The Water Works board’s appeals to FEMA in 2011 and 2012 were denied.

The board filed a lawsuit in U.S. District Court in Des Moines in December 2012, asking the court to reverse FEMA’s action. The settlement will resolve the case by returning to the agency the money it had spent on the project, said Des Moines Water Works CEO Bill Stowe.


Court overturns one of Nebraska woman’s convictions

The Nebraska Appeals Court has reversed one conviction of a 62-year-old Neligh woman found guilty in an arson case.

The court said in a decision released last week that there wasn’t enough evidence to convict Daphne Hansen of aiding consummation of a felony. That reversal will eliminate the sentence of six to 12 months in prison she was given. But Hansen still faces 24 to 30 months in prison for arson and conspiracy. She was convicted in May 2013.

Investigators say Hansen claimed a financial interest in a Neligh home and that she conspired with two other people to have the house burned down. No one was injured in the June 2010 blaze.

Hansen denied any involvement in the fire.

Man won’t face death penalty in fatal shooting

A man charged in connection with the death of a South Sioux City woman in northeast Nebraska will not face the death penalty.

Prosecutors in February had filed documents indicating they would seek the death penalty for Raymond Frank Gonzalez, 22. He is accused of shooting Bonnie Baker, 28, to death. She was found Dec. 15 in a mobile home park. Last week prosecutors rescinded the death penalty request. They would not discuss what prompted the change with reporters.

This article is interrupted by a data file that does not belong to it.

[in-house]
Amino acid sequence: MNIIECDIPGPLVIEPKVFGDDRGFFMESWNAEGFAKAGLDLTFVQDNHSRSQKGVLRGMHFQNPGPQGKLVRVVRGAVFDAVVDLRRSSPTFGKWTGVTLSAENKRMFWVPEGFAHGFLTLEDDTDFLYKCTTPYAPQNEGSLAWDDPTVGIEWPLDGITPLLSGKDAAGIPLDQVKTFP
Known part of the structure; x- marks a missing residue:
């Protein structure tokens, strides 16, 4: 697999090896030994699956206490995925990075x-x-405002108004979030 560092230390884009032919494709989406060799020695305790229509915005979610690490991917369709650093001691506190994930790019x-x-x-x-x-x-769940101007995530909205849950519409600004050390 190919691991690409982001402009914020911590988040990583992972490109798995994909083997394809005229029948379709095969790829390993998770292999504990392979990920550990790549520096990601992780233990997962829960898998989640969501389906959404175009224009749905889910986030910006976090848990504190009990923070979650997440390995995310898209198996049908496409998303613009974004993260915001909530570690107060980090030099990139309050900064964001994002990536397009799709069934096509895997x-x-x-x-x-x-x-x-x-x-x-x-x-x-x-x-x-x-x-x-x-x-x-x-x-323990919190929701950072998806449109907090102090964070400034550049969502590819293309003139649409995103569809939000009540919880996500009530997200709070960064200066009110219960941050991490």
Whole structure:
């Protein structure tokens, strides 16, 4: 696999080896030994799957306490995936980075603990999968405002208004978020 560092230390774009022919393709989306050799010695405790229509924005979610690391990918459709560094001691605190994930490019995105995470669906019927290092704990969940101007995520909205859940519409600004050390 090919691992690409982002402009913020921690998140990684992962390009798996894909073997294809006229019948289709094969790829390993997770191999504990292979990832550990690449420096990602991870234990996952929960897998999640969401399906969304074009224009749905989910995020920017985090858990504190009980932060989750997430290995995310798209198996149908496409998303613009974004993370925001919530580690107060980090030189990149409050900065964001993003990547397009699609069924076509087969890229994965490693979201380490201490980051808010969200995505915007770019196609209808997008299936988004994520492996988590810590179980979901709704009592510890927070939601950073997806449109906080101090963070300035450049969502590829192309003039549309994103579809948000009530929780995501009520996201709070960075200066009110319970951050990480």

Gonzales has denied shooting Baker. Two others also face charges.

Gonzales’ trial is set to begin July 15 in Dakota County District Court. He faces a life sentence if convicted of first-degree murder.


4 men sentenced in Bakken oil patch drug cases

Drug convictions in cases tied to the Bakken oil patch continue to pile up with four more men recently sentenced to federal prison terms for trafficking drugs in eastern Montana.

The latest sentencings announced last week included 2½ years in prison for Keith Edward Lester of Sidney, and more than three years in prison for Sean Michael Vaira of Billings.

Both men had pleaded guilty in late 2013 in federal court to charges involving methamphetamine distribution.

The defendants were linked by authorities to a drug ring that brought in large quantities of meth from the West Coast and sold it in towns across eastern Montana.

More than 20,000 people have poured into eastern Montana and western North Dakota since oil production in the region began its meteoric rise in 2008.